At a news conference at the Lunar and Planetary Science Conference on Monday, NASA scientists made it clear that we're not even close to being done puzzling out Pluto's weird little secrets. It's been more than eight months since the historic New Horizons flyby gave us an unprecedented look at that distant little dwarf planet, but the scientific findings are just starting to roll in.
"As planetary scientists, what the data revealed did not surprise us. It shocked us," NASA's Planetary Science Division Director Jim Green said during the Monday briefing. "What a beautiful system to study."
Just days after a new glut of papers was published using New Horizons data, the researchers shared some of their more speculative findings – including the fact that Pluto probably hosted liquid lakes and rivers once.
In fact, they say, there might still be liquid nitrogen flowing beneath the surface.
“We see what for all the world looks to a lot of our team like a former lake,” Alan Stern, who leads the New Horizons team, said during the news conference.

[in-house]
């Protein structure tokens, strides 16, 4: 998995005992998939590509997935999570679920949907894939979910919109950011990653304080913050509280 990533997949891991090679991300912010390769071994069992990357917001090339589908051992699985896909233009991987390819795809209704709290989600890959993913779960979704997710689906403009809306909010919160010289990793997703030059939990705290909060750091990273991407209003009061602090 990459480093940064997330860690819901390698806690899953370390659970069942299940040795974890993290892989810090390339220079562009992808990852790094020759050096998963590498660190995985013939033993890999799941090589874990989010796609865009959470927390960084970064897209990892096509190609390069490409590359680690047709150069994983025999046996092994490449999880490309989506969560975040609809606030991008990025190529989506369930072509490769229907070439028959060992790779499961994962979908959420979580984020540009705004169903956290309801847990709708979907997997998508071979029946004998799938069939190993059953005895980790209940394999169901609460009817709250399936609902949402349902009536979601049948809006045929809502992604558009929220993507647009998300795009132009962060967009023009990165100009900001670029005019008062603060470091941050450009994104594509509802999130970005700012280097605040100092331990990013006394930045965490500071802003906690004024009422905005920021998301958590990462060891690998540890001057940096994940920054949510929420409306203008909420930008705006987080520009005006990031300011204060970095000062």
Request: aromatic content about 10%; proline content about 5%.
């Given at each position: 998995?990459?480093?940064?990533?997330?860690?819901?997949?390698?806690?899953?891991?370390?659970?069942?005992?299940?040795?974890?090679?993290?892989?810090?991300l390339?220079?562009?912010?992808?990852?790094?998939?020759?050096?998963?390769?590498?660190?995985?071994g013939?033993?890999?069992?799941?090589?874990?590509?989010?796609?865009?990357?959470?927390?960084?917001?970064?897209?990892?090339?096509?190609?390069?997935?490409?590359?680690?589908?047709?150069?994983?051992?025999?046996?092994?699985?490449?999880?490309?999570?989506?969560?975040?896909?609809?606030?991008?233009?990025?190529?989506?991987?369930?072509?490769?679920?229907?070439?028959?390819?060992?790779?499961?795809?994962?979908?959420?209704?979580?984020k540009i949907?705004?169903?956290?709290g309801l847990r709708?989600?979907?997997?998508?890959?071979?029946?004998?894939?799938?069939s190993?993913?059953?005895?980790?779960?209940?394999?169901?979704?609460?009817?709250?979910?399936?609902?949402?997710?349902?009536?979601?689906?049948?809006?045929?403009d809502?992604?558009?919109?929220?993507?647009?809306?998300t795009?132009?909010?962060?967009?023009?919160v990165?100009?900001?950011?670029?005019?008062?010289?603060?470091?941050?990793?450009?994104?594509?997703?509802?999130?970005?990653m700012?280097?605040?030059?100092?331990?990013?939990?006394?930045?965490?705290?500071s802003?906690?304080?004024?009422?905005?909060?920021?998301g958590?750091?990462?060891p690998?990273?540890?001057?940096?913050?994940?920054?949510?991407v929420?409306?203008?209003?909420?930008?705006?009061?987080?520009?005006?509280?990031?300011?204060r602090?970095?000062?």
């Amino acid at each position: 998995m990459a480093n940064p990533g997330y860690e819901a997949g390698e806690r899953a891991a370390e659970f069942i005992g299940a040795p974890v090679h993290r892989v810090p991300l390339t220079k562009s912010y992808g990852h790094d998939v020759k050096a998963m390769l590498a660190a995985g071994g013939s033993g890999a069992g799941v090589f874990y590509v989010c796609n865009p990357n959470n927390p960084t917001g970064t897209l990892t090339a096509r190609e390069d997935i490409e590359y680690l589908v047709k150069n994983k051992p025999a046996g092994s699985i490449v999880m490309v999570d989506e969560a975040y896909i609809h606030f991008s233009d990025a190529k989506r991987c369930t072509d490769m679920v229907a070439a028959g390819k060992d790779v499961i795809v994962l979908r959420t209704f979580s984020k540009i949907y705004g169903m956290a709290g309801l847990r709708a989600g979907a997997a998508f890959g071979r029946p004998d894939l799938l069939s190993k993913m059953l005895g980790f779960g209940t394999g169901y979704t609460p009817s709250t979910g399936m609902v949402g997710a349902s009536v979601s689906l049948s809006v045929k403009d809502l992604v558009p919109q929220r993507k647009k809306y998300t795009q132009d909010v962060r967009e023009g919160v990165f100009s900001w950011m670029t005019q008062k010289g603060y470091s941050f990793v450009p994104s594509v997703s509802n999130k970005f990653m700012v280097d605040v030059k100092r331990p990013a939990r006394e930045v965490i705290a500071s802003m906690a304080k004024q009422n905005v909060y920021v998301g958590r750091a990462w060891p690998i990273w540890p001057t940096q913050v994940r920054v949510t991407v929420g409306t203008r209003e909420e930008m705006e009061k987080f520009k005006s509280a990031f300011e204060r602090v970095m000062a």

Stern and the rest of the team suspect that Pluto's mountainous terrain – formed by water ice that freezes as hard as bedrock on the frigid world – has been carved by liquid nitrogen flows.
It's possible that Pluto's extreme seasons (its axis is incredibly tilted) mean that the conditions are still right for liquid nitrogen once in awhile.
And a little bit more about those seasons: It turns out that the tropics of Pluto (yes, the tropics of Pluto) are kind of wonky. The dwarf planet is angled on a 120 degree axis (Earth is at 23 degrees), which looks something like this:
That tilt means that most of Pluto is "tropical" – meaning the sun passes directly overhead in these regions. But plenty of the planet is also "arctic," meaning that the sunlight there is finicky, plunging that region into long periods of light or darkness as is the case in our own Arctic Circle. Weirdly, there are spots where these qualities overlap – which means that parts of Pluto are both arctic and tropical.
In theory, the dwarf planet's extreme tilt might have caused just enough of a warm-up and pressure increase to allow nitrogen (or some other element) to form liquid. And if we're lucky, some of the data still beaming down from New Horizons will help scientists to prove it.